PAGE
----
Arnott: Geopolitical disturbances create uncertainty and fear. And while this is uncomfortable for investors, we know that it’s possible to position for turbulence, and even potentially benefit from it. Historically, the All Asset Fund has added more value relative to 60/40 portfolios in volatile and down markets, as Figure 3 shows, and the All Authority Fund roughly doubles the diversification benefit when U.S. stocks are down (i.e., 10% invested in All Authority provided roughly as much diversification away from 60/40 as 20% in All Asset).

Figure 3 has an array of four bar graphs, showing how the All-Asset funds historically performed in low volatility and high-volatility markets, versus a 60/40 diversified portfolio, from fund inception through 30 September 2017. All Asset Fund and All Asset All Authority Funds outperformed 60/40 for both up and down high volatility markets. In a up high-volatility market, they outperformed by more than 500 basis points. In a down high volatility market, they displayed negative performance, but All Asset outperformed a 60/40 portfolio by almost 600 basis points, and All Asset All Authority by more than 1,200. In a down market with low volatility, the funds also outperformed. Only in an up low-volatility market did the All Asset funds trail a 60/40 fund, and even then had returns of at least 6% annualized returns. A table underneath the bar graphs contains detailed standardized performance data for the two funds for seven different trailing periods.

For the most recent quarter-end performance data for the All Asset and All Asset All Authority funds, please click on the links below:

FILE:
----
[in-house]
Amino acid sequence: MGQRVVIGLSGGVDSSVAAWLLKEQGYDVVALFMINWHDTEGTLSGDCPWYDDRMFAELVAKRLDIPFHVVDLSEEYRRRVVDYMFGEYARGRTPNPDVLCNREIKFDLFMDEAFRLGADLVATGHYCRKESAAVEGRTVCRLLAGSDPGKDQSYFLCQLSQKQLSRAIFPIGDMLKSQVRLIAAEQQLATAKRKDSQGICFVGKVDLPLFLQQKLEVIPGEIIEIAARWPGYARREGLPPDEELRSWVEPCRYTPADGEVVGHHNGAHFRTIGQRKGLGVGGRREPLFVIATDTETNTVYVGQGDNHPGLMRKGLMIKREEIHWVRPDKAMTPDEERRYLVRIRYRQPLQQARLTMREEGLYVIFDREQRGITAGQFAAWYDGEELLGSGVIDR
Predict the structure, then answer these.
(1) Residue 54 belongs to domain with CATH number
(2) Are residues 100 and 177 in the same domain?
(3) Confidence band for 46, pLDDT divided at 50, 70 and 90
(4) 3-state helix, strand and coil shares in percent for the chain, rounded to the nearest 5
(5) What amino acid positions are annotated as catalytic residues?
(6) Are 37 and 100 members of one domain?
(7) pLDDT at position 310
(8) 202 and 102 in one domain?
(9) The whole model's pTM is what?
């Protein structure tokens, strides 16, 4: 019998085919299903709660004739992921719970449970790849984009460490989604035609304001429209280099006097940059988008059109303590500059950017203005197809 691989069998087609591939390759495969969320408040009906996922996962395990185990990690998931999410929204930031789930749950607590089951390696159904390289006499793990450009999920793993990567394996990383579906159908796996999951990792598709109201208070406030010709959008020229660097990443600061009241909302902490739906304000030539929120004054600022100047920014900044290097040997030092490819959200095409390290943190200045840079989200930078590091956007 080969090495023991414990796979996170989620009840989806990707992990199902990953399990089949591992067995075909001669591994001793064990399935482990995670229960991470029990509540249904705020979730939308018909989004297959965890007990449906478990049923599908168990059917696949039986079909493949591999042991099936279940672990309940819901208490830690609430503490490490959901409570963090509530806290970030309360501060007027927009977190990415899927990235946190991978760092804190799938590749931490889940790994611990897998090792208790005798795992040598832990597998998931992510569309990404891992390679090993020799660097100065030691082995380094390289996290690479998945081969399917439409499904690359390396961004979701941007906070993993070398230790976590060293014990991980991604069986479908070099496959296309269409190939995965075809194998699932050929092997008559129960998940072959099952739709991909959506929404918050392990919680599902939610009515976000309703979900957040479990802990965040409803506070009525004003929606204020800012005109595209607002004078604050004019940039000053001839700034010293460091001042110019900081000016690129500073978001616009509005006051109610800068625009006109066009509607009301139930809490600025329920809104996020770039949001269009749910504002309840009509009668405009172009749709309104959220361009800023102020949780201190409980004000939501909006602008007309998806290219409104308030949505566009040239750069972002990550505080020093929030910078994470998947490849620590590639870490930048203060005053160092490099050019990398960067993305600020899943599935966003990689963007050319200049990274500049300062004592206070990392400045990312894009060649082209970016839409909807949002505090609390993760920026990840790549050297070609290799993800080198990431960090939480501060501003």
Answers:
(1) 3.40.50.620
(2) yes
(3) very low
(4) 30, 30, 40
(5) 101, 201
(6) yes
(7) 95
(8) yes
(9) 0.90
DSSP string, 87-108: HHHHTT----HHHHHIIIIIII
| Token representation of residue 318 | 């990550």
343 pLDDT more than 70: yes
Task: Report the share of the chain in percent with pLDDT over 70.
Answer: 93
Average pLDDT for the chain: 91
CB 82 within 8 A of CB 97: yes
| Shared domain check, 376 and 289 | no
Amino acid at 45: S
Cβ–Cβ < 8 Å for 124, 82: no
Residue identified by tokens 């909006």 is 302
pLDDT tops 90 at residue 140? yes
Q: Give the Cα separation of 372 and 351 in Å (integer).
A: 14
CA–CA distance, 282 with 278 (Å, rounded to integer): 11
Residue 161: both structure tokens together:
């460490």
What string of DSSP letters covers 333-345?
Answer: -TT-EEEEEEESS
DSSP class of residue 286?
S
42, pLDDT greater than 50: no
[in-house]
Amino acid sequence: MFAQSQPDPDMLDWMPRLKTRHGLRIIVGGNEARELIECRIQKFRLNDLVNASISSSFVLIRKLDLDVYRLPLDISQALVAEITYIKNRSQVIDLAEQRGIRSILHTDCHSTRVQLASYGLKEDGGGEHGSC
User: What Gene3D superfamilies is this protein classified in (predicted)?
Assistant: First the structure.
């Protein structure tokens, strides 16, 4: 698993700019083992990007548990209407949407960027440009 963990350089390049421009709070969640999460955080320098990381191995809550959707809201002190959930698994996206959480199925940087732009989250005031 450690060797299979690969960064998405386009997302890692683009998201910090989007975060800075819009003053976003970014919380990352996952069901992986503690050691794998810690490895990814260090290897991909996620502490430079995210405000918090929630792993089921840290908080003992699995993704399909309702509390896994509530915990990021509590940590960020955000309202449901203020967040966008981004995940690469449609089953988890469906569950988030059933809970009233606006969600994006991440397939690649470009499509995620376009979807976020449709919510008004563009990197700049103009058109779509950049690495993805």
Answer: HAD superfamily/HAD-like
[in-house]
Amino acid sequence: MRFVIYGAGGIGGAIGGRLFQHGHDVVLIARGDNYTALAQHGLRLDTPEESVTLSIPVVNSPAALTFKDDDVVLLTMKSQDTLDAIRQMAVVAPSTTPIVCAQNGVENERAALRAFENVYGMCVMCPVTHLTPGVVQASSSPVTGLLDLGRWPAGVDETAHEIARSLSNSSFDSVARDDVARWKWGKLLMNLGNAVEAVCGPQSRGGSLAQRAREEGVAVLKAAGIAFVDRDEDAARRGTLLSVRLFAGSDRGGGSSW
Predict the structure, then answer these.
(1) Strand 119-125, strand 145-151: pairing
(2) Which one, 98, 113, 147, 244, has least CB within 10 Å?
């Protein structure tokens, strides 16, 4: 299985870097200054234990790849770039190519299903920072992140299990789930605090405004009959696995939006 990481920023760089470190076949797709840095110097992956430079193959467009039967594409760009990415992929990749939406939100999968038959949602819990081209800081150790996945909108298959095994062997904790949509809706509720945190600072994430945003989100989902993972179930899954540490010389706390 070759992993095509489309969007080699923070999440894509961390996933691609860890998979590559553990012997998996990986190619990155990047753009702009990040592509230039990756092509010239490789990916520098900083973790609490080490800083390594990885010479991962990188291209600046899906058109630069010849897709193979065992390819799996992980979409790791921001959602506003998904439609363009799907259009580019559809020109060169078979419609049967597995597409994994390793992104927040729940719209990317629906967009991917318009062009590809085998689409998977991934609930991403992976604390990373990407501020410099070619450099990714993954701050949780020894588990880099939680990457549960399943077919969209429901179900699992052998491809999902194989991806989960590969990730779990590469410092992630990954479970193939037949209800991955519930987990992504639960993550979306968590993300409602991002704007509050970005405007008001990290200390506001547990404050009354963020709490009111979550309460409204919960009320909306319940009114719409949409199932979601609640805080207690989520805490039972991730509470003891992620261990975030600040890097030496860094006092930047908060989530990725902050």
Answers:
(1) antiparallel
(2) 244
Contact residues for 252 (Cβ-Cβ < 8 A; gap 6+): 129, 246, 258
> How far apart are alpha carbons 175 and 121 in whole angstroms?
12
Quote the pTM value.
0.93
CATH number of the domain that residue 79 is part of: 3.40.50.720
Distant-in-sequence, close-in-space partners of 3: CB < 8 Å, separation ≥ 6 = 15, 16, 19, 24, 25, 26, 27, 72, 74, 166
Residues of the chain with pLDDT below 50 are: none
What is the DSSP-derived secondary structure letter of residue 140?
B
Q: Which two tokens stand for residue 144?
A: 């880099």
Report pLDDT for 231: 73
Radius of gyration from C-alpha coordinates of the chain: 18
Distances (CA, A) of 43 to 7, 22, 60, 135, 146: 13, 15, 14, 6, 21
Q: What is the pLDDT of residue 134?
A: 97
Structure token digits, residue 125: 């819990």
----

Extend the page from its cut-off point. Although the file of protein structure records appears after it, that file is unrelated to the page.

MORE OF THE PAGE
While past may not be prologue, the All Asset strategies have tended to shine in markets that have often challenged mainstream balanced portfolios. As Figure 3 shows, the All Asset Fund has outperformed 60/40 portfolios by 7.85 percentage points (pp) in turbulent bull markets (upper right quadrant), 2.48 pp in low-volatility bear markets (lower left) and 5.85 pp in turbulent bear markets (lower right), which was dominated by the global financial crisis – and All Authority outperformed by roughly twice these levels in each bear market scenario. The All Asset and All Authority funds have underperformed, of course, when diversification is arguably least needed – in low-volatility bull markets – but not by a daunting margin.

The VIX (CBOE Volatility Index) has recently approached its lowest level ever, and overseas spreads have crashed to what we believe are truly unusual lows (see Figure 4, a version of which originally appeared on The result for us in managing the All Asset strategies has been to go risk-off in these newly rich markets and risk-on in markets that we believe still offer good opportunities. For example, European stocks remarkably now yield more than European high yield bonds, and they offer prospects for price appreciation if valuation multiples revert toward their historical norms; the bonds, on the other hand, offer little room for price appreciation.

Figure 4 is a line graph showing the effective yield of the Bank of America Merrill Lynch Euro High Yield index, and that of the U.S. 10-year Treasury, from 2006 through September 2017. European high yields are shown to have fallen over time to about 2.5% by September 2017, about the same level as those of U.S. Treasuries. The Euro High Yield was as high as 5% as recently as 2015, when the 10-year Treasury was around the same level as it is in September 2017. The effective yield on the Euro High Yield index peaked in late 2008 at 25%, and traded between 5% and 10% from 2009 to 2013.

The tensions in North Korea pose a remote but credible threat to geopolitical stability, and could affect emerging and developed markets alike. Many of our allies in the region find the status quo is not acceptable. But neither is war. At the moment, it seems that world leaders are testing whether a middle path – extreme isolation and confiscation of access to hard currencies – can rein in the most dangerous behavior. Let’s hope it can.